The Golden Gate Bridge in San Francisco, the Washington Monument and now the iconic Ottawa Mom.
American composer Rob Kapilow travels the world to transform renowned monuments into musical compilations.
This week he tries to answer a rather interesting question: what is the distinctive spider statue in the capital? ring As?
“Here is this famous iconic sculpture that everyone knows in Ottawa and indeed not only in Ottawa, but around the world and certainly all of Canada,” Kapilow told CBC Radio. Ottawa morning Friday.
Just outside the National Gallery of Canada stands Mom, a 10 meter tall spider, made of bronze, stainless steel and marble and designed by Louise Bourgeois, who died of heart failure in 2010.
Kapilow is in Ottawa listening to the world and the people around him Mom, so that he could compose a piece for Chamberfest, a chamber music festival in the capital.
The statue arouses mixed feelings
Kapilow is hosting a public workshop around the statue on Saturday at 1:15 p.m. to get feedback from people who live in Ottawa.
“A lot of people love this sculpture, a lot of people are terrified of it, and that kind of ambivalent feeling really generated a lot of this idea of making music that would represent both sides,” he said.
“There is horrible and terrifying spider music, but there is also beautiful music.”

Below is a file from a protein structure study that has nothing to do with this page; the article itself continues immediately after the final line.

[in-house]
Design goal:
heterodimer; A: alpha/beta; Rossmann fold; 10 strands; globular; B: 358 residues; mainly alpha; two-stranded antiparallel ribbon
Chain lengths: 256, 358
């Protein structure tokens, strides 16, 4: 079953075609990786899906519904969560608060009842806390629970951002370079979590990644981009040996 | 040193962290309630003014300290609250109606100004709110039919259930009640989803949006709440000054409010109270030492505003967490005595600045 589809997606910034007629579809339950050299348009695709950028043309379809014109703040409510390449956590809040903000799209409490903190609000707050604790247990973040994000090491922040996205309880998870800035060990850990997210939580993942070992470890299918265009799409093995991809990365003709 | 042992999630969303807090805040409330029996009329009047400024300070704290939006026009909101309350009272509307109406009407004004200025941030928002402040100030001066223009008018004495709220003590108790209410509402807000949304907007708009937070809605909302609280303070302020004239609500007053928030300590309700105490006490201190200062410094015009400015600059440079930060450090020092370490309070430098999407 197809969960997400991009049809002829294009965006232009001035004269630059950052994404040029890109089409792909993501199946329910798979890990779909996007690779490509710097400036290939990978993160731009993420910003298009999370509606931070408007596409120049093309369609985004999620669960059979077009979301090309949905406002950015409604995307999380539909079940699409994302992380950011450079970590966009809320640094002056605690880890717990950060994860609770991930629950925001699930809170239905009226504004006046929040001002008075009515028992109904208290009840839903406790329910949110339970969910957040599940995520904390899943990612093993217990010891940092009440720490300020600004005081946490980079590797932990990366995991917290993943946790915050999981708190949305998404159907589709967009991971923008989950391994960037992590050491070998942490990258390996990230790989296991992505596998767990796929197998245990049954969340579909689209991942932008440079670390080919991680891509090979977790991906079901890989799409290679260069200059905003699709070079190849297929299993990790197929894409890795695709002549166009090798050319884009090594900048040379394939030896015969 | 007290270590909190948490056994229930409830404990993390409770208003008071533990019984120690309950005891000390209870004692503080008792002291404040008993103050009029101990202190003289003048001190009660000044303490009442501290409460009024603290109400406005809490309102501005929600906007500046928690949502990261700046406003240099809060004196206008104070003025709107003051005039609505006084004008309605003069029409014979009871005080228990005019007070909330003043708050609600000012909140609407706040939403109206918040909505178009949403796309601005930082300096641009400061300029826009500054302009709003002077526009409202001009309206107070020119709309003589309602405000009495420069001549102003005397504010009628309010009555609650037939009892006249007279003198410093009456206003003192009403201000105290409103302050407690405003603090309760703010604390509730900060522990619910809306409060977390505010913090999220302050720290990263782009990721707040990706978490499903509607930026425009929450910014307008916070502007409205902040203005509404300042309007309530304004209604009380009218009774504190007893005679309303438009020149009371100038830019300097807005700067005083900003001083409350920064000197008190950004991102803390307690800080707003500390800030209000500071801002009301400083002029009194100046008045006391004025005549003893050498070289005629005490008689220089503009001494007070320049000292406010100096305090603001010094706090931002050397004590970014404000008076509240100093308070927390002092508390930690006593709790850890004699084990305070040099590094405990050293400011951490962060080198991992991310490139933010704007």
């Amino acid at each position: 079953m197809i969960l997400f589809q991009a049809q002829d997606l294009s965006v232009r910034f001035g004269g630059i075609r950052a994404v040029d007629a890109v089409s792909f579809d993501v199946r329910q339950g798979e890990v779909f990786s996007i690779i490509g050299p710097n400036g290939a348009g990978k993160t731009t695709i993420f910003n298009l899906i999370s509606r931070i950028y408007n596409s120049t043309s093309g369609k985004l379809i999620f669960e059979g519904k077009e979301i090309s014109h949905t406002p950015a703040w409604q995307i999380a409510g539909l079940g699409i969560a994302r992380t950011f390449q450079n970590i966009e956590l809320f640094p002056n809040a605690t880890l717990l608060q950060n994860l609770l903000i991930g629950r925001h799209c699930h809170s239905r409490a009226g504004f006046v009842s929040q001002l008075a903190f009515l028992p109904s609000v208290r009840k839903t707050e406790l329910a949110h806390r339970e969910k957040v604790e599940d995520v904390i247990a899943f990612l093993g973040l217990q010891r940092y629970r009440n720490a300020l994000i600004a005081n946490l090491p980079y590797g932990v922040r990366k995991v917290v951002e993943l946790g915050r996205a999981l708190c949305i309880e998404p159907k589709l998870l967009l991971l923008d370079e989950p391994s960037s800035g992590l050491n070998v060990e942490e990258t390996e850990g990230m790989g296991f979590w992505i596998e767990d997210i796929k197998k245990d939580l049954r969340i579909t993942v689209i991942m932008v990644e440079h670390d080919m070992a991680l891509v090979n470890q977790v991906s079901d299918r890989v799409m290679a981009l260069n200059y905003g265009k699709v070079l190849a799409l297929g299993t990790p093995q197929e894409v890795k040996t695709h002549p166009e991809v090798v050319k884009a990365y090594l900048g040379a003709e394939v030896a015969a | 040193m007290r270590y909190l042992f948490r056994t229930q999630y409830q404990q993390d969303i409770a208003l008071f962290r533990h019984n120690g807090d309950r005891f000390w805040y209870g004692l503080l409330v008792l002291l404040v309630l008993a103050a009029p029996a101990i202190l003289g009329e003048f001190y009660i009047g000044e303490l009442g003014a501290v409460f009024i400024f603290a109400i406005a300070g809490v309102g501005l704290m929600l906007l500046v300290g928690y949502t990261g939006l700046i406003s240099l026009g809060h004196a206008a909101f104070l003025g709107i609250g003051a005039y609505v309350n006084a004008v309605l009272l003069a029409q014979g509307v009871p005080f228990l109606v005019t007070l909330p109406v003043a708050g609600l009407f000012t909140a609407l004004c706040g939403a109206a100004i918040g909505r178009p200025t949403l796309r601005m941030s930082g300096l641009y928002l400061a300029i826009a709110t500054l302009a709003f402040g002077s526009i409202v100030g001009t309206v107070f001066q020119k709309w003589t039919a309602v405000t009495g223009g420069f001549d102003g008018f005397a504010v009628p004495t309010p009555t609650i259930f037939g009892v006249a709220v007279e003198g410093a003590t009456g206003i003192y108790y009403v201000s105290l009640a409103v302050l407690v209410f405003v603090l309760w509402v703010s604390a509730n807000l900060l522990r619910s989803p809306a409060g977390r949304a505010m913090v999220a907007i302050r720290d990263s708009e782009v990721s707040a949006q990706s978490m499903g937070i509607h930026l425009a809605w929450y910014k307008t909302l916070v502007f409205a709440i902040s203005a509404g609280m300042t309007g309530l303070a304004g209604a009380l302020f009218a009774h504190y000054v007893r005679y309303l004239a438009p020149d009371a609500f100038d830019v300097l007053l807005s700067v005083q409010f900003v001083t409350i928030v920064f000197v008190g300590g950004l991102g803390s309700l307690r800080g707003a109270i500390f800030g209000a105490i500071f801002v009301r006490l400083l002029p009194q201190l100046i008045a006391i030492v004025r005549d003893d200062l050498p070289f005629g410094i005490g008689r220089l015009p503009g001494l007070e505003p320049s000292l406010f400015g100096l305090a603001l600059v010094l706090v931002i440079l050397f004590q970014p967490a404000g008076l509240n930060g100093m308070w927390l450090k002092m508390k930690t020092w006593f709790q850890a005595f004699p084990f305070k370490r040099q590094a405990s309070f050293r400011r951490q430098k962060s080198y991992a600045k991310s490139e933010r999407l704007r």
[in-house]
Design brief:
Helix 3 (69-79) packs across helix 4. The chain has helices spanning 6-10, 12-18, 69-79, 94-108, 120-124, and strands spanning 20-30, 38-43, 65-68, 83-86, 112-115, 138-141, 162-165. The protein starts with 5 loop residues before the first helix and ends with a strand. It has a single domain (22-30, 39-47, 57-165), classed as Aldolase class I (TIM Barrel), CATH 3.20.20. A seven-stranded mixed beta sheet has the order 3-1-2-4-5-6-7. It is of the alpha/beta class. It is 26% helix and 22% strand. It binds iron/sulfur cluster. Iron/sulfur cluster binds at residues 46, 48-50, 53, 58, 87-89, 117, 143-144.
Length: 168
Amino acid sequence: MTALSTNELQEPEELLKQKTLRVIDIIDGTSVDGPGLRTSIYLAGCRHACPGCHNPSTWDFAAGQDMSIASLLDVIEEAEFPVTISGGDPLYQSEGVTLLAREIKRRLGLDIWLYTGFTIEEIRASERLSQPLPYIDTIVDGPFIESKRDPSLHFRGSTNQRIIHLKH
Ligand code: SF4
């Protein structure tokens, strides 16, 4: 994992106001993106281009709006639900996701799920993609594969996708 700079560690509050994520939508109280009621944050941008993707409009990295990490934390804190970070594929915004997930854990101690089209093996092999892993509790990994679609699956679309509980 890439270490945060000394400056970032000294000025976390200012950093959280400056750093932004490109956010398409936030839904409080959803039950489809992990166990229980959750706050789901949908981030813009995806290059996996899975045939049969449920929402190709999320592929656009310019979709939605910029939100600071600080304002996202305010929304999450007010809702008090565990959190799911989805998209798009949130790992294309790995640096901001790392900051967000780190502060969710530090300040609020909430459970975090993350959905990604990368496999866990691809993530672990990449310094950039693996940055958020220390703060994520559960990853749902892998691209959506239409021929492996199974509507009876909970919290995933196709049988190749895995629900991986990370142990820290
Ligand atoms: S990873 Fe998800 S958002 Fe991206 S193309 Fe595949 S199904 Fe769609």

The project started a summer ago at a Chamberfest meeting, where attendees helped bring the idea to life.
“The first thing everyone said was that there are eight legs for a spider, it should be an octet for eight instruments. It seems so obvious now, in retrospect.”
The piece will feature two violins, a viola, a cello, a piano, a clarinet, a flute and a percussion instrument.
Listen to some of Rob Kapilow’s new works:
“There is something deeply sad”
The title of the sculpture hints at the heartbreaking story behind its birth.
Bourgeois performed the play in memory of his mother, whose death prompted Bourgeouis to attempt suicide during his university studies.
Loss has become the center of his art, inspiring some of his best-known works.
“In a way, this whole room is a memorial to her,” he said. “There is something deeply sad about this.”
Elements of that heartbreak are now part of the music he composes, Kapilow said.
He watched as Bourgeois described his mother, a weaver, as a source of inspiration: delicate, intelligent, patient, subtle and as useful as a spider.
“As soon as I read that, I wanted to put it to music,” he said.
The piece will premiere at the 2019 Ottawa Chamberfest.